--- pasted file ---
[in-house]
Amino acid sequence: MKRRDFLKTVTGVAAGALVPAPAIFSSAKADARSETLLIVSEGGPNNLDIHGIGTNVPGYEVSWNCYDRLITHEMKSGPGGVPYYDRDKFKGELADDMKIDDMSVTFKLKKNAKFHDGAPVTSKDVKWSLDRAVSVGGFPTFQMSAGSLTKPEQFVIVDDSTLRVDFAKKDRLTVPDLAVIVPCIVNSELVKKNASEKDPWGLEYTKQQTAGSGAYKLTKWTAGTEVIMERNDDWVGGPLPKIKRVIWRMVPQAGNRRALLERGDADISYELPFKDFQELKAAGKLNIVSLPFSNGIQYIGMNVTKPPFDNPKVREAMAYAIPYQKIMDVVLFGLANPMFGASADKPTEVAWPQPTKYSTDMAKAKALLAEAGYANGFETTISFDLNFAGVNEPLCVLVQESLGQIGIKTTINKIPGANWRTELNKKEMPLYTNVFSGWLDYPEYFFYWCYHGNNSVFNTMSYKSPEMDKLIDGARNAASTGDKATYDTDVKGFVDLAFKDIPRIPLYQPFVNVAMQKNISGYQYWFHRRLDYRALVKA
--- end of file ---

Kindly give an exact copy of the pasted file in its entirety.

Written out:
[in-house]
Amino acid sequence: MKRRDFLKTVTGVAAGALVPAPAIFSSAKADARSETLLIVSEGGPNNLDIHGIGTNVPGYEVSWNCYDRLITHEMKSGPGGVPYYDRDKFKGELADDMKIDDMSVTFKLKKNAKFHDGAPVTSKDVKWSLDRAVSVGGFPTFQMSAGSLTKPEQFVIVDDSTLRVDFAKKDRLTVPDLAVIVPCIVNSELVKKNASEKDPWGLEYTKQQTAGSGAYKLTKWTAGTEVIMERNDDWVGGPLPKIKRVIWRMVPQAGNRRALLERGDADISYELPFKDFQELKAAGKLNIVSLPFSNGIQYIGMNVTKPPFDNPKVREAMAYAIPYQKIMDVVLFGLANPMFGASADKPTEVAWPQPTKYSTDMAKAKALLAEAGYANGFETTISFDLNFAGVNEPLCVLVQESLGQIGIKTTINKIPGANWRTELNKKEMPLYTNVFSGWLDYPEYFFYWCYHGNNSVFNTMSYKSPEMDKLIDGARNAASTGDKATYDTDVKGFVDLAFKDIPRIPLYQPFVNVAMQKNISGYQYWFHRRLDYRALVKA